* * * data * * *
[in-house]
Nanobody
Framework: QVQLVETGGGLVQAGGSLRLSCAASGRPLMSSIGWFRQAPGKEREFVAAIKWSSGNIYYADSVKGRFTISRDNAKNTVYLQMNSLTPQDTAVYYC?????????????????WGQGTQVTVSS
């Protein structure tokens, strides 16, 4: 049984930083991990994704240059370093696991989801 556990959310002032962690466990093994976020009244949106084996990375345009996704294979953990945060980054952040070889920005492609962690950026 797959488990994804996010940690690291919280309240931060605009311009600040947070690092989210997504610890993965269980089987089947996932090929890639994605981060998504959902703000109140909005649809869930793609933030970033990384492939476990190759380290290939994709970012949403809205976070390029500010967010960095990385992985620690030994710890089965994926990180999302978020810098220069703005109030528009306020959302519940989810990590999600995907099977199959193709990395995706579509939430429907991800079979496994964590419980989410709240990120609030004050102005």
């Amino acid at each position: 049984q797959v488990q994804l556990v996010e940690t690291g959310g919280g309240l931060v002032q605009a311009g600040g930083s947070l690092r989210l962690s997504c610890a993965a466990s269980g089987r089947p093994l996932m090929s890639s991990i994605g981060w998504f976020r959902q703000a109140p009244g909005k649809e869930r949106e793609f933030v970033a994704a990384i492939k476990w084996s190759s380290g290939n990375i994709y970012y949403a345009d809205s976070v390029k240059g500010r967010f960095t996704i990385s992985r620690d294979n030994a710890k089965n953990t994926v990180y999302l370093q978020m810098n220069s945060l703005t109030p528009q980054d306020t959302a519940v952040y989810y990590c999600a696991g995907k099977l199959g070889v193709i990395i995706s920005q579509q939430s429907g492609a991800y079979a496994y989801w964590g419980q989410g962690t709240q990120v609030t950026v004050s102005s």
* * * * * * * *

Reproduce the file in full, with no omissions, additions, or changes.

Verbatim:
[in-house]
Nanobody
Framework: QVQLVETGGGLVQAGGSLRLSCAASGRPLMSSIGWFRQAPGKEREFVAAIKWSSGNIYYADSVKGRFTISRDNAKNTVYLQMNSLTPQDTAVYYC?????????????????WGQGTQVTVSS
């Protein structure tokens, strides 16, 4: 049984930083991990994704240059370093696991989801 556990959310002032962690466990093994976020009244949106084996990375345009996704294979953990945060980054952040070889920005492609962690950026 797959488990994804996010940690690291919280309240931060605009311009600040947070690092989210997504610890993965269980089987089947996932090929890639994605981060998504959902703000109140909005649809869930793609933030970033990384492939476990190759380290290939994709970012949403809205976070390029500010967010960095990385992985620690030994710890089965994926990180999302978020810098220069703005109030528009306020959302519940989810990590999600995907099977199959193709990395995706579509939430429907991800079979496994964590419980989410709240990120609030004050102005």
């Amino acid at each position: 049984q797959v488990q994804l556990v996010e940690t690291g959310g919280g309240l931060v002032q605009a311009g600040g930083s947070l690092r989210l962690s997504c610890a993965a466990s269980g089987r089947p093994l996932m090929s890639s991990i994605g981060w998504f976020r959902q703000a109140p009244g909005k649809e869930r949106e793609f933030v970033a994704a990384i492939k476990w084996s190759s380290g290939n990375i994709y970012y949403a345009d809205s976070v390029k240059g500010r967010f960095t996704i990385s992985r620690d294979n030994a710890k089965n953990t994926v990180y999302l370093q978020m810098n220069s945060l703005t109030p528009q980054d306020t959302a519940v952040y989810y990590c999600a696991g995907k099977l199959g070889v193709i990395i995706s920005q579509q939430s429907g492609a991800y079979a496994y989801w964590g419980q989410g962690t709240q990120v609030t950026v004050s102005s």